Blogging, email newsletters and articles for the web all carry their own set of rules which you should know about and adhere to if you want your customers and followers to read and share your material.
People read differently on a screen than they do print, which means that in order to get the best out of your written content, it’s necessary to learn how. The idea is to allow for a good level of engagement and for information to be presented in such a way that the reader can take it in quickly and easily.
Let’s have a look at some of the techniques that you can employ to make sure that your readers love your work and keep coming back for more.
Headlines that work
Starting at the top, headlines are of course the thing that will attract readers in the first instance, so they should be highly clickable.
This means you should:
- Keep headlines short and snappy where possible, under six words is the general rule
- Present the headline as a ‘problem solver’
- Make it entertaining
- Ensure it appeals to the reader on an emotional level. For example, laughter gains the best response as it makes people feel happy, but something that provokes anger also works well
Problem solving headlines always do well, which is why you come across many headlines that begin with ‘how to’ or ‘5 tips for’. These types of headlines give the immediate impression that you’re offering a solution to some kind of problem that the reader has.
Many writers make the mistake of not considering readability scores when writing for the web, yet this is hugely important. You can use Flesch Kincaid scoring to determine readability; most sites should write to high school level. This isn’t a case of ‘dumbing down’ your writing or content, it’s about ensuring that it’s simple to take in when someone is skimming, which web readers all do.
When writing, remember one basic rule: if you have to stop or pause when reading the piece in order to take in a word or information then you have just lost a reader. The piece should flow naturally with the use of simple language and you should never attempt to get highbrow when it comes to the words you use.
In Word, you can enable readability scores in proofing tools, or you can use a third-party plugin such as Grammarly’s. You can also of course use the formula above to work it out yourself if you’re happy with doing the maths.
Write for your audience. If you have a highly technical product, then you may want to do some industry pieces that are targeted towards a certain audience that has an understanding of your product, but take care not to alienate readers with the use of jargon, overly technical terms and difficult to understand language.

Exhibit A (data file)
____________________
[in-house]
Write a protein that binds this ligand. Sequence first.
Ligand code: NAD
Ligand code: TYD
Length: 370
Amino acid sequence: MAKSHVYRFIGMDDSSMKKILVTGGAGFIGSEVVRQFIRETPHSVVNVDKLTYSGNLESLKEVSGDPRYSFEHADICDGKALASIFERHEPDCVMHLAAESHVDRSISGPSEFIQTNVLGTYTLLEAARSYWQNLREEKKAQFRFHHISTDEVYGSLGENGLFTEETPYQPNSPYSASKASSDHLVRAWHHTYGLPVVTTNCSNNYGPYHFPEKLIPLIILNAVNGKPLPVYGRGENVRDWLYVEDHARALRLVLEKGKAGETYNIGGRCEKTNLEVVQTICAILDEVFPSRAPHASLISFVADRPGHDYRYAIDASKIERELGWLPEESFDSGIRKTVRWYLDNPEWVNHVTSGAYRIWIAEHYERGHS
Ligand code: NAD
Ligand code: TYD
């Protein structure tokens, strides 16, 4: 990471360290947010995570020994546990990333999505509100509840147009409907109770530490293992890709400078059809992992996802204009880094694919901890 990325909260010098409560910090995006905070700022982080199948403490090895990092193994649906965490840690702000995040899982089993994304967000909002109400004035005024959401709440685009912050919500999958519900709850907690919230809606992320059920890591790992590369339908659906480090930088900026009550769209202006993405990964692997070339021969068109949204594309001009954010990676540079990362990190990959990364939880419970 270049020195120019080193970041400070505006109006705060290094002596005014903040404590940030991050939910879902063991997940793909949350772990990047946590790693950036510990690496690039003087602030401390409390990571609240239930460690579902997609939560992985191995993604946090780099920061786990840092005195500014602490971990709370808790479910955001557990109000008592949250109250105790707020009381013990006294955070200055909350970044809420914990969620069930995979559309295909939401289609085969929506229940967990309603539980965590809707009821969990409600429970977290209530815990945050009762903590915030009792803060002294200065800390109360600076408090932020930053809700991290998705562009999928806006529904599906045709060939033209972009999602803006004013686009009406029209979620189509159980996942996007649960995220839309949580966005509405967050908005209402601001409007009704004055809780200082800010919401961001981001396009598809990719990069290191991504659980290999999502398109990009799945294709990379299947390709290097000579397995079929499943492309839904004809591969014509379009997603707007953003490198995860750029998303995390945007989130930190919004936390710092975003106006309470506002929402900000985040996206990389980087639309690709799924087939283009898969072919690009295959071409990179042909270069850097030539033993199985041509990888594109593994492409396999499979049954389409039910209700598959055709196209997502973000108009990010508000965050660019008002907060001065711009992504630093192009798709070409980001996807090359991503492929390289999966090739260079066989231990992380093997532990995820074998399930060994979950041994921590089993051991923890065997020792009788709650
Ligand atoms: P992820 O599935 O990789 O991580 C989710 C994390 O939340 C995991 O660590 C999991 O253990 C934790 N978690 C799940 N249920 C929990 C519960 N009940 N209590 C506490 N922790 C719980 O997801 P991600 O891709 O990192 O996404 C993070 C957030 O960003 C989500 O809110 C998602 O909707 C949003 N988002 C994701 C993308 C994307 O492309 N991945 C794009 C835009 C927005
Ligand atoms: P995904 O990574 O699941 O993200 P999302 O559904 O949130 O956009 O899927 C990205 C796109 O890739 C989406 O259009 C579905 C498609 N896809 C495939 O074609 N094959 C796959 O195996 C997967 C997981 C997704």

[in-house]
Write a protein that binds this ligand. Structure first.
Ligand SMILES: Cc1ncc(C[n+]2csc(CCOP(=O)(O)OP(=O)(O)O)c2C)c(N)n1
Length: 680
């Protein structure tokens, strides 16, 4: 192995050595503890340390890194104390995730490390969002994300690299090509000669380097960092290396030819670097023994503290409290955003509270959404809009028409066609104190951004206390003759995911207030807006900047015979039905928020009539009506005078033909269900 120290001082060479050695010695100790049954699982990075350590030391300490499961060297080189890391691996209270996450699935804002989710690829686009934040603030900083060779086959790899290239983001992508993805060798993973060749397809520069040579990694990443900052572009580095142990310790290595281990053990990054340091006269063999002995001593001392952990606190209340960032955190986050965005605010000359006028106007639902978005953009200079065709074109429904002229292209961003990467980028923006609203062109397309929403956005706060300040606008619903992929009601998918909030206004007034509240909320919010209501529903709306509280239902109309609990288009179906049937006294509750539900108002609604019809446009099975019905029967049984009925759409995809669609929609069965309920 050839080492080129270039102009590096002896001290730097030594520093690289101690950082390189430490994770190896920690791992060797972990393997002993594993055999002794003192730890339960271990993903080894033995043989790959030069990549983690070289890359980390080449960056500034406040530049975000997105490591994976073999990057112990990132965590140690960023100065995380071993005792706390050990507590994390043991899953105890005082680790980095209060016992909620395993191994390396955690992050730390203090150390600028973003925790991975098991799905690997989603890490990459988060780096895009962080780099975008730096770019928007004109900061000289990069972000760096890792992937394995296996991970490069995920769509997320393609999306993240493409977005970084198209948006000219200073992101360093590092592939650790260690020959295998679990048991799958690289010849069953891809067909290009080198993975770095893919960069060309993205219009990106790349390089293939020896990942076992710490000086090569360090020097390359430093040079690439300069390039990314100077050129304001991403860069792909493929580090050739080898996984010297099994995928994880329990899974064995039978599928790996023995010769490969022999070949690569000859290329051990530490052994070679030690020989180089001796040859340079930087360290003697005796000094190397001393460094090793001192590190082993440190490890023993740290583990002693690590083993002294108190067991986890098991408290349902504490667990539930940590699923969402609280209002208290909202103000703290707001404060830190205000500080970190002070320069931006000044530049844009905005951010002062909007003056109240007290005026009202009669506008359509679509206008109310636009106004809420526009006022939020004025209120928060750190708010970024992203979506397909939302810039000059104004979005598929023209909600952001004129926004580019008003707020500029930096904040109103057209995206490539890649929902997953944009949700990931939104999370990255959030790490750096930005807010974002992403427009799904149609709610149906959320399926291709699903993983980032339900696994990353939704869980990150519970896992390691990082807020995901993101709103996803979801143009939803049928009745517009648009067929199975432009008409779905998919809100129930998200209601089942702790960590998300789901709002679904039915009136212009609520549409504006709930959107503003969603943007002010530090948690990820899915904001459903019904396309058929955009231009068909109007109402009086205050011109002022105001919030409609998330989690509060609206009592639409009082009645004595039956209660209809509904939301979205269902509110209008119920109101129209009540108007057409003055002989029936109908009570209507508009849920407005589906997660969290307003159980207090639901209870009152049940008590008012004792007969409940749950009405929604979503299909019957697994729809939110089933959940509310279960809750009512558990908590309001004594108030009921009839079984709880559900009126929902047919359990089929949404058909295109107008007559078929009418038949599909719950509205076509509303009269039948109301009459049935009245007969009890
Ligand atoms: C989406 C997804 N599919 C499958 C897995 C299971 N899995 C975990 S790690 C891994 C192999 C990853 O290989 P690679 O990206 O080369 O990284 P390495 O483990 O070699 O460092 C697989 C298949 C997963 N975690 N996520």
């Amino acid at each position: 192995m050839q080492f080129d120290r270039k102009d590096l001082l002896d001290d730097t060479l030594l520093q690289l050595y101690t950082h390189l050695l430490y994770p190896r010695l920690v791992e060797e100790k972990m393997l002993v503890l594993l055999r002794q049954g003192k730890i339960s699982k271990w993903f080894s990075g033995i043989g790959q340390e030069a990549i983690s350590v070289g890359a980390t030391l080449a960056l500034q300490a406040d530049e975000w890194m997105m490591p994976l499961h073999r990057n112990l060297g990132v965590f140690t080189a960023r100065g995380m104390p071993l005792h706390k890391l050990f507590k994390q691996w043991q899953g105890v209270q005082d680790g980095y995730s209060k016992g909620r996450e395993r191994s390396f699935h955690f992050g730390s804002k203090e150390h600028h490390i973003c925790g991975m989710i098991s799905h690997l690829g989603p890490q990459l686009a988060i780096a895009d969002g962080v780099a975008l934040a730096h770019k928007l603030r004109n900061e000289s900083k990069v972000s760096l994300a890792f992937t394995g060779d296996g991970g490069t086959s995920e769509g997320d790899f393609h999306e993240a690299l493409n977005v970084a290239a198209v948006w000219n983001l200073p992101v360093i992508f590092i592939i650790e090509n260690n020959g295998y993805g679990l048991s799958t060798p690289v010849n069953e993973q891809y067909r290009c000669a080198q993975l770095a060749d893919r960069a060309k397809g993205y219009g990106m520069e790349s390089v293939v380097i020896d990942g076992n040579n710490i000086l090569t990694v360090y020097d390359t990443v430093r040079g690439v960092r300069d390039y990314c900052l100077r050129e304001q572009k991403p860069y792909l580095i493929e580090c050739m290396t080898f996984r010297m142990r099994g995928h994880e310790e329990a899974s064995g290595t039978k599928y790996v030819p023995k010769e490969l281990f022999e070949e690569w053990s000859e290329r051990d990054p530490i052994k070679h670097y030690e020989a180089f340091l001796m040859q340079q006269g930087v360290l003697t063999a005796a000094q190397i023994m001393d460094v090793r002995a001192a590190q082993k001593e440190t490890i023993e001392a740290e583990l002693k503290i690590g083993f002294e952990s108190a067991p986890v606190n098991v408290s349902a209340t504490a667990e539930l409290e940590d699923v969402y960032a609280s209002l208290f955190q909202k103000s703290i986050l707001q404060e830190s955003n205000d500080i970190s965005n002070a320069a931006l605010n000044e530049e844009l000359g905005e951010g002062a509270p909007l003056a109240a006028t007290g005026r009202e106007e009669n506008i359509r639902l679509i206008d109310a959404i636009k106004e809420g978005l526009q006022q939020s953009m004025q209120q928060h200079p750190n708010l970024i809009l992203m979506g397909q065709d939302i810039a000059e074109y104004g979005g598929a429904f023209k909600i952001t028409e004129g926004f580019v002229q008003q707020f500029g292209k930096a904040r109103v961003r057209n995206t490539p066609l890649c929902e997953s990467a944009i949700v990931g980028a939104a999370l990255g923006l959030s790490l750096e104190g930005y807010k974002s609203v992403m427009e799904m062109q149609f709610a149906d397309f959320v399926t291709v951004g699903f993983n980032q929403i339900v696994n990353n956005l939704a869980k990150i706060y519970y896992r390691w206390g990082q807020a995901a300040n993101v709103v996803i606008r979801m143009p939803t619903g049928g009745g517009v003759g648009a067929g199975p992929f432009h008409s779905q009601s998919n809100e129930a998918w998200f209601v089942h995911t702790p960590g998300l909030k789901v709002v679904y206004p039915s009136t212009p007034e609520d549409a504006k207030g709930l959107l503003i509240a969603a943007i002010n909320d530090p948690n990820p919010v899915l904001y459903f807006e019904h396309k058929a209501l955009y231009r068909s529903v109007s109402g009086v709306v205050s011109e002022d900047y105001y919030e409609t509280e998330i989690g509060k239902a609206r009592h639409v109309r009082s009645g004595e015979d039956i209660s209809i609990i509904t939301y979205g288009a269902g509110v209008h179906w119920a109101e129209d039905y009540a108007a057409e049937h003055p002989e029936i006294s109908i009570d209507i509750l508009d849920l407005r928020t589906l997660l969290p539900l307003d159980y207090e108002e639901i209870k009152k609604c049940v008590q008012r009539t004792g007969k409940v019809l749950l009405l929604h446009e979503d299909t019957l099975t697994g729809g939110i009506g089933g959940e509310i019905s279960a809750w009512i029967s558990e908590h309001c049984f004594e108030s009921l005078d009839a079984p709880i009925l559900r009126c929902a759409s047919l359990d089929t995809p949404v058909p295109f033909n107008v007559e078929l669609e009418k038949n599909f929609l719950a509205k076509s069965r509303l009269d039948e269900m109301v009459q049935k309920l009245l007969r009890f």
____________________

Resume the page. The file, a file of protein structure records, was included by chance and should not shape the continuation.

Passive voice versus active voice
The passive and active voices are the voices of verbs. The use of the former should be kept to a minimum wherever possible as it doesn’t engage the reader in the same manner as the active voice.
So, if you say Jack kicked the stone, then this is the active voice as the subject is carrying out the action, whilst if you say the stone was kicked, this is the passive as the action is just being carried out.
Formatting content for best effect
As I mentioned earlier, online readers like to take in information quickly, skimming over the text in an F-shaped pattern and concentrating the majority of their efforts towards the top. This means that formatting is extremely important for the web, as huge blocks of text will quickly see people leaving as it comes across as hard work and intimidating.
This means that you should follow a few basic rules to ensure that the piece is easy to take in:
- Short sentences and paragraphs should be used
- Paragraphs should be no more than 6-8 lines deep with clear white space in between each
- Sub headers should be used to break up text and draw the eye naturally downwards
- Bullet points should be used to further break up text
This allows the reader to skim much more easily and will engage them much better than a big block of text ever will. You’re aiming to present information in short, bite-sized chunks to gain the best effect.
The above heat mapping study by Jakob Nielsen showed that the same ‘F’ pattern was used when the eyes of online readers were tracked. The first shows an ‘about us’ page, the second a product page and the third search results. As you can see, the pattern is clear in the first two examples and a little more scattered in the third.
Keep in mind that most people read more ‘above the fold’ (top of the page), so try to ensure that the first couple of paragraphs are well-crafted and grab the reader instantly.
Unless you’ve already established yourself as some kind of authority then you should avoid opinion pieces, as well as anything that’s overly promotional (for general blogs and articles, not for email). We all have an opinion and it can be very cathartic to have a good old rant online, but you first need to build trust with your audience.
Until you do, stick to facts and ensure that you back this up with referencing where possible. If you’ve taken information from an online source, then link to it, preferably ensuring first that it’s a good source from a site that many people in your niche will recognise. This will help to build your reputation as someone that gives good information, leading to you becoming a trusted source of information.
Writing for the web should follow the KISS rule – keep it simple stupid – write to your audience at all times, using buyer personas from the marketing department. Format well, include references and above all, come up with ideas that are a little out of the norm but popular. Do this and it’s likely that you’ll see a huge jump in engagement (so long as you’re also distributing the material well) and you can begin to establish thought leadership.